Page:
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Stop the Killer Robots Before They Exist


Many emerging technologies present ethical, legal, social and political challenges. We refer to the recent advances in artificialintelligence (AI), genomic research, nanotechnology, robotics, computer science and applied neuroscience.

Together, these technologies can manipulate the atoms of physical matter, digital and biological information (DNA) and nerve cells. This "nano-info-bio" convergence and its application in a military context can transform the way in which human beings go to war.


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One of the greatest ethical concerns is the dual use of scientific research for military purposes. Many scientists feel guilty for having received funding from the army to carry out their experiments. Many others refused to collaborate:
  • John Napier (1550-1617), Scottish mathematician and founder of the theory of logarithms, outlined the design of a new form of artillery that he later concealed.
  • Norbert Wiener (1894-1964), father of cybernetics who worked during the Second World War in the control and guidance of missiles, renounced his participation. He promised not to publish anything else on the subject.
  • Currently, Google withdrew from a bid for a multi-million dollar contract with the US Department of Defense to create cloud computing.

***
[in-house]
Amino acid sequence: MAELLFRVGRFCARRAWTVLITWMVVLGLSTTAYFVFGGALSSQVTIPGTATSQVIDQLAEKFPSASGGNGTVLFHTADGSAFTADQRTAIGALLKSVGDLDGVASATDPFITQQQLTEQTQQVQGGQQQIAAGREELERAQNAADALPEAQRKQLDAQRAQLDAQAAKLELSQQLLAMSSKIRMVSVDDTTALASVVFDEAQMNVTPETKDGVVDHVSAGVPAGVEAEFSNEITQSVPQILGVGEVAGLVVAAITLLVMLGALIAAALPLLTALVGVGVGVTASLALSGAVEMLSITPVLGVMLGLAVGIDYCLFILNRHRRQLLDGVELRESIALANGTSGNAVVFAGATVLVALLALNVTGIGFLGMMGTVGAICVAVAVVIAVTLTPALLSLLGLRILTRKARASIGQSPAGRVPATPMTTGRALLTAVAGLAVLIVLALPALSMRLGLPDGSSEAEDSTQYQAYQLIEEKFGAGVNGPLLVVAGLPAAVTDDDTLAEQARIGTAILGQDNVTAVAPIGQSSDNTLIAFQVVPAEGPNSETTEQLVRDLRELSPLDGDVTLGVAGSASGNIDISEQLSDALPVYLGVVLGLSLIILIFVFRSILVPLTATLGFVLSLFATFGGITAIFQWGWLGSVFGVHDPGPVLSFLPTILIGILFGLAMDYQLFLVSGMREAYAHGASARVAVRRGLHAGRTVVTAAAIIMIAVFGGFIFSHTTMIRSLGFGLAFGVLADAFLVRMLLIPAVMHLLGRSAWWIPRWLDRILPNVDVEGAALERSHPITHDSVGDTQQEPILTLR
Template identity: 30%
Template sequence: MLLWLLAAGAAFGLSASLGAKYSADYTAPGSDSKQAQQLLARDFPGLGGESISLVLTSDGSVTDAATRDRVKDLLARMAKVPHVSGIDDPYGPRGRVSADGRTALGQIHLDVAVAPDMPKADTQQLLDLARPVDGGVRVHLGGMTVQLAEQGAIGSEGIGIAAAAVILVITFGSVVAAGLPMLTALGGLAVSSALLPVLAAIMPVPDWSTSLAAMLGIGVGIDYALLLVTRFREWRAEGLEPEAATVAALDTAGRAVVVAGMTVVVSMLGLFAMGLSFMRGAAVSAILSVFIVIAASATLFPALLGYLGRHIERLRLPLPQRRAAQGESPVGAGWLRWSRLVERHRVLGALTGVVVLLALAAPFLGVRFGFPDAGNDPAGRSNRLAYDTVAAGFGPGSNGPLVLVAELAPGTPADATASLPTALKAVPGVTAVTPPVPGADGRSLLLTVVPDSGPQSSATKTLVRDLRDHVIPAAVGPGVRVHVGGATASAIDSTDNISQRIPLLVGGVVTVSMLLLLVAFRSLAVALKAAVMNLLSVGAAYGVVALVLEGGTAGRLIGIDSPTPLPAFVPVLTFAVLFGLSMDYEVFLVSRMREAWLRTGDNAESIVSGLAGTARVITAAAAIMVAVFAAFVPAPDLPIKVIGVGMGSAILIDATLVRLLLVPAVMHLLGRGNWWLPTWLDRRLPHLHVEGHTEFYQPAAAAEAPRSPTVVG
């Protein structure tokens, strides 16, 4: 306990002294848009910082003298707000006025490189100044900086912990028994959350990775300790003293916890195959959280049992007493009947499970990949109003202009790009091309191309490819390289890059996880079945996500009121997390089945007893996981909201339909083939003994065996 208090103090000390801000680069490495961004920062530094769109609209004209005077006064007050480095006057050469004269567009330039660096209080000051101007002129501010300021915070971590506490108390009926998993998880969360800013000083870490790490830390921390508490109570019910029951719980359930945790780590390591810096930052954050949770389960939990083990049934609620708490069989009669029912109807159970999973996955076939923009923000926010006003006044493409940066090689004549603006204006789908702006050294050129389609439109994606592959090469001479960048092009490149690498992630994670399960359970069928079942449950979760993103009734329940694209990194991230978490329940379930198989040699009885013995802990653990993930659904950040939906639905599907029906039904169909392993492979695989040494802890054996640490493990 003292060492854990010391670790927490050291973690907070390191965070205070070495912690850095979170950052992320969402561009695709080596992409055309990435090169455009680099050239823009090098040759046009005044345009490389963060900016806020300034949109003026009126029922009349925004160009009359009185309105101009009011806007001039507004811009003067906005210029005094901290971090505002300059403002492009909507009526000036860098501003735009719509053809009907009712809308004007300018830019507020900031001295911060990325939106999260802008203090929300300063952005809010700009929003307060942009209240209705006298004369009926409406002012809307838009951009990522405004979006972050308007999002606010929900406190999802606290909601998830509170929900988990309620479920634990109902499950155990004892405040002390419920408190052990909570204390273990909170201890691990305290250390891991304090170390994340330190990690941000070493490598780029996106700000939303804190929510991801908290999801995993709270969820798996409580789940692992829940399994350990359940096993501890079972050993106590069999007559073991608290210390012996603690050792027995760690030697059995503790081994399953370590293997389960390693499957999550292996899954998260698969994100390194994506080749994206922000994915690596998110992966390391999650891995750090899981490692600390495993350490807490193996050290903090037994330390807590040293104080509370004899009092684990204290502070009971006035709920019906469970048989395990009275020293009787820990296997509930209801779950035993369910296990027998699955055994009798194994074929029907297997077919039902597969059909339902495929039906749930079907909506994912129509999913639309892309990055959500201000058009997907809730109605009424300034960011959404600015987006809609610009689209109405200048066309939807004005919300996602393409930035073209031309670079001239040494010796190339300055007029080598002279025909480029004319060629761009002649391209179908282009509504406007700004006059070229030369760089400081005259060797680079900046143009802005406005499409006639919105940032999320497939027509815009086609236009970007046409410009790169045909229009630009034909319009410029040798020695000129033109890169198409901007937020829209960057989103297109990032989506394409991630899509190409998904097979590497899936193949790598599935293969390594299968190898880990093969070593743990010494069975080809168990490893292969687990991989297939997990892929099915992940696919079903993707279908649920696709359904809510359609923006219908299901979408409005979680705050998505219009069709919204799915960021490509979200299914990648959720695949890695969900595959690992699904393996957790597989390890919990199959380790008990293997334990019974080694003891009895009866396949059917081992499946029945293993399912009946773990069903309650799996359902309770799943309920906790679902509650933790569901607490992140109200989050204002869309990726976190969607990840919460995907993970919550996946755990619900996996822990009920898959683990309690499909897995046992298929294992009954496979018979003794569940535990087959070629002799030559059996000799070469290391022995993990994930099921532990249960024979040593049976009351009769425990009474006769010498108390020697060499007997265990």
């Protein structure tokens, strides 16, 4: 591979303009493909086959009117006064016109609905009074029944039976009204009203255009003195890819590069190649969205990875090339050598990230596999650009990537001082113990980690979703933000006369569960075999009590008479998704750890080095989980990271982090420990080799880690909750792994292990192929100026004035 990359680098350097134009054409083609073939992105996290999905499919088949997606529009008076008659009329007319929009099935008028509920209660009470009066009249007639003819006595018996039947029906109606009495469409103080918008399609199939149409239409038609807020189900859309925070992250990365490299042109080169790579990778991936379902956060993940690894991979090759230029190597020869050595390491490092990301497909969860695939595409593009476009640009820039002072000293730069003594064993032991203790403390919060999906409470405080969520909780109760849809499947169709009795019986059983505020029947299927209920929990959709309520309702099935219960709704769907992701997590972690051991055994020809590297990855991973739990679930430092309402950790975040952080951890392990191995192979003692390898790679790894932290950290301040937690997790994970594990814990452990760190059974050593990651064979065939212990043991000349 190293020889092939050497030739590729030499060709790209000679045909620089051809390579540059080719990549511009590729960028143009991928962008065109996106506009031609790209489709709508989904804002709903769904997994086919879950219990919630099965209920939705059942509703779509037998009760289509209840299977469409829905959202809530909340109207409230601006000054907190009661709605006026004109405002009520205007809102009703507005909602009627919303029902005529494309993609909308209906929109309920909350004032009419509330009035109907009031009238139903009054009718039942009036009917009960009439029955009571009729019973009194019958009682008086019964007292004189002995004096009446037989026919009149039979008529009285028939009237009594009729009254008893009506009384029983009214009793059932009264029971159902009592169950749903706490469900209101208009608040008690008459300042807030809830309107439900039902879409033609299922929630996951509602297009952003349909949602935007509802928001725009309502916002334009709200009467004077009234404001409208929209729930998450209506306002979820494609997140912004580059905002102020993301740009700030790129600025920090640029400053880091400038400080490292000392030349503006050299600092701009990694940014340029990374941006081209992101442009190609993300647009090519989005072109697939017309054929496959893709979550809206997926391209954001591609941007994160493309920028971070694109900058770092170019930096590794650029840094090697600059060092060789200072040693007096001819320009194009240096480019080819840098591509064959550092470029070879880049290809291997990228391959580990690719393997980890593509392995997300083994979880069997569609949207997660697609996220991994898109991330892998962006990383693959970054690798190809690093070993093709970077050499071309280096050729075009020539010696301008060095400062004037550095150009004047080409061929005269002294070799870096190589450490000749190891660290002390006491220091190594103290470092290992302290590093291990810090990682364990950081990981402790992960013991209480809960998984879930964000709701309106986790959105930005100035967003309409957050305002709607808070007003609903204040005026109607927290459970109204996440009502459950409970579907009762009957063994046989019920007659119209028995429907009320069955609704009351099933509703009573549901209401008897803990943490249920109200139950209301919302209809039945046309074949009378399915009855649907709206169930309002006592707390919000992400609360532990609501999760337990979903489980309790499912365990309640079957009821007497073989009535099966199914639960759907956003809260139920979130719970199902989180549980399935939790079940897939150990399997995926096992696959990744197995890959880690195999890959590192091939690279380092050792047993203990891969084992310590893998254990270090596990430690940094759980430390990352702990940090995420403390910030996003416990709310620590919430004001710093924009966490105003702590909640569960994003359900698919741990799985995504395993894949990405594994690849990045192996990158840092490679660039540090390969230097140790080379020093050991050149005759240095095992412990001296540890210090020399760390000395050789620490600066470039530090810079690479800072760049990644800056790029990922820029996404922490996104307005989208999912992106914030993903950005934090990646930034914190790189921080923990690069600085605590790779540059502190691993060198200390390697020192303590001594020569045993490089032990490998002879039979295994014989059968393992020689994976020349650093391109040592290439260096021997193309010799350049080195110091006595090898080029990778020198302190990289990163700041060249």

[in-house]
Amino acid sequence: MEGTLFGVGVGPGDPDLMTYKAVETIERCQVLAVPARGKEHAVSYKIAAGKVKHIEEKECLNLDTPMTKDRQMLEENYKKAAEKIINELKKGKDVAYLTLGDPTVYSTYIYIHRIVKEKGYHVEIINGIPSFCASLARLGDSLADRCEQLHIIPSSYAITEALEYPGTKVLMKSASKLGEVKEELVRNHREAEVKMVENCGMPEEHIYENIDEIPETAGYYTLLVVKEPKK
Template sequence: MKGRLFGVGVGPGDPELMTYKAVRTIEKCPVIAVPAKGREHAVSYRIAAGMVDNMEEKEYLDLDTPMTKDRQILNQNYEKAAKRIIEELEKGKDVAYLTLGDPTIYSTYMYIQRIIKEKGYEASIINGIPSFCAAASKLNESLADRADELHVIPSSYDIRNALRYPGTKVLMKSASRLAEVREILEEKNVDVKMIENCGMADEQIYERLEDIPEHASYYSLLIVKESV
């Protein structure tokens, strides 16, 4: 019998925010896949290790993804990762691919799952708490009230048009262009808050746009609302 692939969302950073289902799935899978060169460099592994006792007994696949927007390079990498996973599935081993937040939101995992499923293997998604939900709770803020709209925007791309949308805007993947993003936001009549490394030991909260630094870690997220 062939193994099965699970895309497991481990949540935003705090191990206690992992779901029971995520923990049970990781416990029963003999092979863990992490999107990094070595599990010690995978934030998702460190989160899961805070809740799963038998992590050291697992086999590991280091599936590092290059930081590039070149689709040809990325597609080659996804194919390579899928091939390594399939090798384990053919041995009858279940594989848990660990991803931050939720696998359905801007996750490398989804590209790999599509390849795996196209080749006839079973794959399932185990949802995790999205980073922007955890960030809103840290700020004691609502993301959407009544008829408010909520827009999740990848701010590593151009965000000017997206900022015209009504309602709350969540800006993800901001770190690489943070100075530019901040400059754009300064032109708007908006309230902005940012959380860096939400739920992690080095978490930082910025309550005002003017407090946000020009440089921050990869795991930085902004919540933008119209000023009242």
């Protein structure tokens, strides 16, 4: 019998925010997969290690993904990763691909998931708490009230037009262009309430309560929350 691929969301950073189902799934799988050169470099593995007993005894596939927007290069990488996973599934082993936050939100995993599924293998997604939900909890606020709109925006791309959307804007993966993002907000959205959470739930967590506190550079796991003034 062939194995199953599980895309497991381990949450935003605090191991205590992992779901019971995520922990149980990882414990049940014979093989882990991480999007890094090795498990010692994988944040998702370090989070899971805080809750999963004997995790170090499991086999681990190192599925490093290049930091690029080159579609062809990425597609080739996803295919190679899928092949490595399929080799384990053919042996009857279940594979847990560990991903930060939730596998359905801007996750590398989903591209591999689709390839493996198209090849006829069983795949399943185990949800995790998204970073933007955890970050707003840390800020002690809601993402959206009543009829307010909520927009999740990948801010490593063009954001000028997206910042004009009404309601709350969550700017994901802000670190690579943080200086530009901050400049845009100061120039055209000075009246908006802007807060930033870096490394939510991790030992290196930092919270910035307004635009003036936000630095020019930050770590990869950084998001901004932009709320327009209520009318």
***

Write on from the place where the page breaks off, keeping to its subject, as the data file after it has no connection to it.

However, the potential benefit of developing technologies for civil and commercial, but also military uses, does not escape the attention of scientists and companies. Mainly because in the environment of scarce financial resources you cannot close the door to the military fund. The alternative is to leave the research career.

Machines that help judges and doctors


AI aims to create intelligent machines, but also to better understand biological intelligence. The researchers did not take long to realize that, instead of creating computers to train with large amounts of information, it was better to give them the ability to learn without an explicit program.
This is how "machine learning" and a technique within this subfield called "deep learning" were born, in which "neural networks" are developed. In other words, computational nodes interconnected with each other that mimic the ability of the human brain to perceive process and transmit information.
Machine learning has improved thanks to the large amount of information (big data) that we currently have, thanks mainly to the internet.

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AI can offer reliable diagnostics in medicine based on patient symptoms and make decisions accordingly, detect abnormalities in images with greater reliability than radiologists or promote precision medicine.
In law, AI can process thousands of sentences in a matter of milliseconds and find specific patterns thanks to sophisticated natural language (written) processing algorithms much better than lawyers or human judges.
The AI applied to transport and mobility offers autonomous vehicles or cars without driver that improve the safety and comfort of users by reducing the accident rate.

A dystopian future


Recent progress in AI, machine learning and computational vision also has, if we are not cautious, negative consequences.
  • Robots kamikazes.
  • Fleets of autonomous vehicles with the intentional purpose of colliding.
  • Commercial drones converted into missiles.
  • Videos and images manufactured to support hoaxes.
These and many other dystopian scenarios are already possible: citizens, organizations and states must face the dangers of the misuse of AI.